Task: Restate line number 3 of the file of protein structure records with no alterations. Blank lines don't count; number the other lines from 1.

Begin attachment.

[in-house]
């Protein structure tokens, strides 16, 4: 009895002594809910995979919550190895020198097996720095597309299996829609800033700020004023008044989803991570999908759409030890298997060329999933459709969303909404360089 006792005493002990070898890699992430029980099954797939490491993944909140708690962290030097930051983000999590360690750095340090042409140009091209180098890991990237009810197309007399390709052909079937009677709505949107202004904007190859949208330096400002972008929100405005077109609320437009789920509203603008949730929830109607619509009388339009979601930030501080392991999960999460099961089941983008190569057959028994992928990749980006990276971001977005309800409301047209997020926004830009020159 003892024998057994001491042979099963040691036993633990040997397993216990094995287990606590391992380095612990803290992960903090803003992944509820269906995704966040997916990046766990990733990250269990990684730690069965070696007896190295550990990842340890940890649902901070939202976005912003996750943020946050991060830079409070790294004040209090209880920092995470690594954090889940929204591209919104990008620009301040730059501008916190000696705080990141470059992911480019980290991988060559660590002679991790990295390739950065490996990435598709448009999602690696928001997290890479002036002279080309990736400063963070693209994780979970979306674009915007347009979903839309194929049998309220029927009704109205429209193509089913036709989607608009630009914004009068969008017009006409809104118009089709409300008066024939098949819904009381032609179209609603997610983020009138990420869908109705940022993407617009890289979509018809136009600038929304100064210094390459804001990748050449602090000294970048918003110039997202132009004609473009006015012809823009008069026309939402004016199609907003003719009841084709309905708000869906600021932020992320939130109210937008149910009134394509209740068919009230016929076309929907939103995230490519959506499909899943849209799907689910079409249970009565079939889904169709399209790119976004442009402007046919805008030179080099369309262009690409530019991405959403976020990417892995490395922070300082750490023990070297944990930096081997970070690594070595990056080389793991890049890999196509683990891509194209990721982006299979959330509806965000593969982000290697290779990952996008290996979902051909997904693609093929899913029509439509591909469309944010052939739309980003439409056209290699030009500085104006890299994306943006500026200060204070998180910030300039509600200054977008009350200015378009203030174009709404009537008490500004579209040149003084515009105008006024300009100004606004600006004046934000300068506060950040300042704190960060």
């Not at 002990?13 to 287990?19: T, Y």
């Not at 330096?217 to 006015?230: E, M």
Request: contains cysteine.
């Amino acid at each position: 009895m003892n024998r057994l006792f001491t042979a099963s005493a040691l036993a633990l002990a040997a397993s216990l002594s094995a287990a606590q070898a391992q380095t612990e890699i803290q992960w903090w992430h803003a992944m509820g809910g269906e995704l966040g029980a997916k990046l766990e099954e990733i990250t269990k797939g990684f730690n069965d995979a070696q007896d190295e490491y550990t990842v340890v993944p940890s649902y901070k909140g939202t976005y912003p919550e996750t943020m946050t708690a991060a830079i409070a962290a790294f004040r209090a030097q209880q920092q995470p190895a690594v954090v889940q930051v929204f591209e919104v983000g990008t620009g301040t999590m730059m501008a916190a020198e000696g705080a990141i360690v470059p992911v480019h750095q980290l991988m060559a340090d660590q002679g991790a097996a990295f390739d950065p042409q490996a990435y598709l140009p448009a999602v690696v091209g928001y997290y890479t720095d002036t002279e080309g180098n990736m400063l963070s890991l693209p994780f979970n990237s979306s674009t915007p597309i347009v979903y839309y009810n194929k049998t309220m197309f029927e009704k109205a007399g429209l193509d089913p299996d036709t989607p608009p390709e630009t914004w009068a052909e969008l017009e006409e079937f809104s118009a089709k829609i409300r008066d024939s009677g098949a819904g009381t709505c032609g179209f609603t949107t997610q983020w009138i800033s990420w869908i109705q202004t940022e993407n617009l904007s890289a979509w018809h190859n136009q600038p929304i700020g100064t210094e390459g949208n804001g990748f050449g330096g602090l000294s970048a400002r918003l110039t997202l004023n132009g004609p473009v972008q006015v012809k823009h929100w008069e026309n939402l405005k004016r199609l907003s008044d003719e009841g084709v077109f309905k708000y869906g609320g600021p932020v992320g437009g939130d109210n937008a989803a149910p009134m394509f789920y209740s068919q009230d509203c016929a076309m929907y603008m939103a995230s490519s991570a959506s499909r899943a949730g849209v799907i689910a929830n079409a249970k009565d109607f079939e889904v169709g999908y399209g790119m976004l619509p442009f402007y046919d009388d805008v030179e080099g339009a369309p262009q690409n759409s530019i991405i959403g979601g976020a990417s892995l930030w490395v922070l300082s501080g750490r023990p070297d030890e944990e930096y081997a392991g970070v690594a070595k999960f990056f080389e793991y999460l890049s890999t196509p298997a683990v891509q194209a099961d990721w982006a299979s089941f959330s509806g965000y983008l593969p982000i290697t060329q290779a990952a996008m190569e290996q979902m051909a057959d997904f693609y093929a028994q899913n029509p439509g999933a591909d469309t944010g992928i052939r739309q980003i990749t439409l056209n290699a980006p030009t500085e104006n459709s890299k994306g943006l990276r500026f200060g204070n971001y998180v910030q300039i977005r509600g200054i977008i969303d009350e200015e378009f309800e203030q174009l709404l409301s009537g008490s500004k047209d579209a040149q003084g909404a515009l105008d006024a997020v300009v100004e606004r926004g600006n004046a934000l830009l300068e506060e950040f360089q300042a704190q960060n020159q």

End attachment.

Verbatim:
């Not at 002990?13 to 287990?19: T, Y």